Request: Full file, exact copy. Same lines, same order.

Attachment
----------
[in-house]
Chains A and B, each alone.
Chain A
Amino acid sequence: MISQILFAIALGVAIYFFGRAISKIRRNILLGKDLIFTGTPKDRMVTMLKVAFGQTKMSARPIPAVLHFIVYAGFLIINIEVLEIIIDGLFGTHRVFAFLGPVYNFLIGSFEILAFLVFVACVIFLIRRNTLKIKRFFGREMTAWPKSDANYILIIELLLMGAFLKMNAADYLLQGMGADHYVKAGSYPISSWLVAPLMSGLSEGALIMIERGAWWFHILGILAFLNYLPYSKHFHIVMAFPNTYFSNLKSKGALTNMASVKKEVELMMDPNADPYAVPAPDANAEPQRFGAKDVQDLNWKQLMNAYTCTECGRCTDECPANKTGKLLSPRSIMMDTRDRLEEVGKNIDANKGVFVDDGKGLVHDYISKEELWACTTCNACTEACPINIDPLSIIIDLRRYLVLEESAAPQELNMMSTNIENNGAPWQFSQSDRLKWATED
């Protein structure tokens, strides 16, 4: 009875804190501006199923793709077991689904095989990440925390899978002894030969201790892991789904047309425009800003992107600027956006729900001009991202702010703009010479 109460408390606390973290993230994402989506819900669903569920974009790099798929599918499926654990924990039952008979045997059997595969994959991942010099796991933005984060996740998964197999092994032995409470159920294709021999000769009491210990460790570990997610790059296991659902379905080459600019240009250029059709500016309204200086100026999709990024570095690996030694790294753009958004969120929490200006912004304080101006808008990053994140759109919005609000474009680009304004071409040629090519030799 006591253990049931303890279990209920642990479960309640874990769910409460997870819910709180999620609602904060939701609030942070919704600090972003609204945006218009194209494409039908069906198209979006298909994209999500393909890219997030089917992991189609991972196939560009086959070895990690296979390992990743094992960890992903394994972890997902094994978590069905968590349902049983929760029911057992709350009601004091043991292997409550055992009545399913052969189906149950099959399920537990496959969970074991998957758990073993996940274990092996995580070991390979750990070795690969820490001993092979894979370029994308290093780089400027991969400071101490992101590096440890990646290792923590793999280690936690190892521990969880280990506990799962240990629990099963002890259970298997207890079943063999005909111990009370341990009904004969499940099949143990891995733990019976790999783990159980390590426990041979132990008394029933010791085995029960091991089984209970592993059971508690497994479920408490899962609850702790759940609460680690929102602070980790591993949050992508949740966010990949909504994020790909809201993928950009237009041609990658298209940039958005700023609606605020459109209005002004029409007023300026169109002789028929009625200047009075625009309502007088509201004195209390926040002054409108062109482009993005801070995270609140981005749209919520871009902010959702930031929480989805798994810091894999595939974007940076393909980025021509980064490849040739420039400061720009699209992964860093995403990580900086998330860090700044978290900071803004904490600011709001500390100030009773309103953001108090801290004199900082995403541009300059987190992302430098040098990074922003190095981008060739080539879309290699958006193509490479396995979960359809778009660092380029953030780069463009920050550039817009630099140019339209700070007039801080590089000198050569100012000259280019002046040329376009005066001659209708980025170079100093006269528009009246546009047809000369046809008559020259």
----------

[in-house]
Chains A and B, each alone.
Chain A
Amino acid sequence: MISQILFAIALGVAIYFFGRAISKIRRNILLGKDLIFTGTPKDRMVTMLKVAFGQTKMSARPIPAVLHFIVYAGFLIINIEVLEIIIDGLFGTHRVFAFLGPVYNFLIGSFEILAFLVFVACVIFLIRRNTLKIKRFFGREMTAWPKSDANYILIIELLLMGAFLKMNAADYLLQGMGADHYVKAGSYPISSWLVAPLMSGLSEGALIMIERGAWWFHILGILAFLNYLPYSKHFHIVMAFPNTYFSNLKSKGALTNMASVKKEVELMMDPNADPYAVPAPDANAEPQRFGAKDVQDLNWKQLMNAYTCTECGRCTDECPANKTGKLLSPRSIMMDTRDRLEEVGKNIDANKGVFVDDGKGLVHDYISKEELWACTTCNACTEACPINIDPLSIIIDLRRYLVLEESAAPQELNMMSTNIENNGAPWQFSQSDRLKWATED
């Protein structure tokens, strides 16, 4: 009875804190501006199923793709077991689904095989990440925390899978002894030969201790892991789904047309425009800003992107600027956006729900001009991202702010703009010479 109460408390606390973290993230994402989506819900669903569920974009790099798929599918499926654990924990039952008979045997059997595969994959991942010099796991933005984060996740998964197999092994032995409470159920294709021999000769009491210990460790570990997610790059296991659902379905080459600019240009250029059709500016309204200086100026999709990024570095690996030694790294753009958004969120929490200006912004304080101006808008990053994140759109919005609000474009680009304004071409040629090519030799 006591253990049931303890279990209920642990479960309640874990769910409460997870819910709180999620609602904060939701609030942070919704600090972003609204945006218009194209494409039908069906198209979006298909994209999500393909890219997030089917992991189609991972196939560009086959070895990690296979390992990743094992960890992903394994972890997902094994978590069905968590349902049983929760029911057992709350009601004091043991292997409550055992009545399913052969189906149950099959399920537990496959969970074991998957758990073993996940274990092996995580070991390979750990070795690969820490001993092979894979370029994308290093780089400027991969400071101490992101590096440890990646290792923590793999280690936690190892521990969880280990506990799962240990629990099963002890259970298997207890079943063999005909111990009370341990009904004969499940099949143990891995733990019976790999783990159980390590426990041979132990008394029933010791085995029960091991089984209970592993059971508690497994479920408490899962609850702790759940609460680690929102602070980790591993949050992508949740966010990949909504994020790909809201993928950009237009041609990658298209940039958005700023609606605020459109209005002004029409007023300026169109002789028929009625200047009075625009309502007088509201004195209390926040002054409108062109482009993005801070995270609140981005749209919520871009902010959702930031929480989805798994810091894999595939974007940076393909980025021509980064490849040739420039400061720009699209992964860093995403990580900086998330860090700044978290900071803004904490600011709001500390100030009773309103953001108090801290004199900082995403541009300059987190992302430098040098990074922003190095981008060739080539879309290699958006193509490479396995979960359809778009660092380029953030780069463009920050550039817009630099140019339209700070007039801080590089000198050569100012000259280019002046040329376009005066001659209708980025170079100093006269528009009246546009047809000369046809008559020259």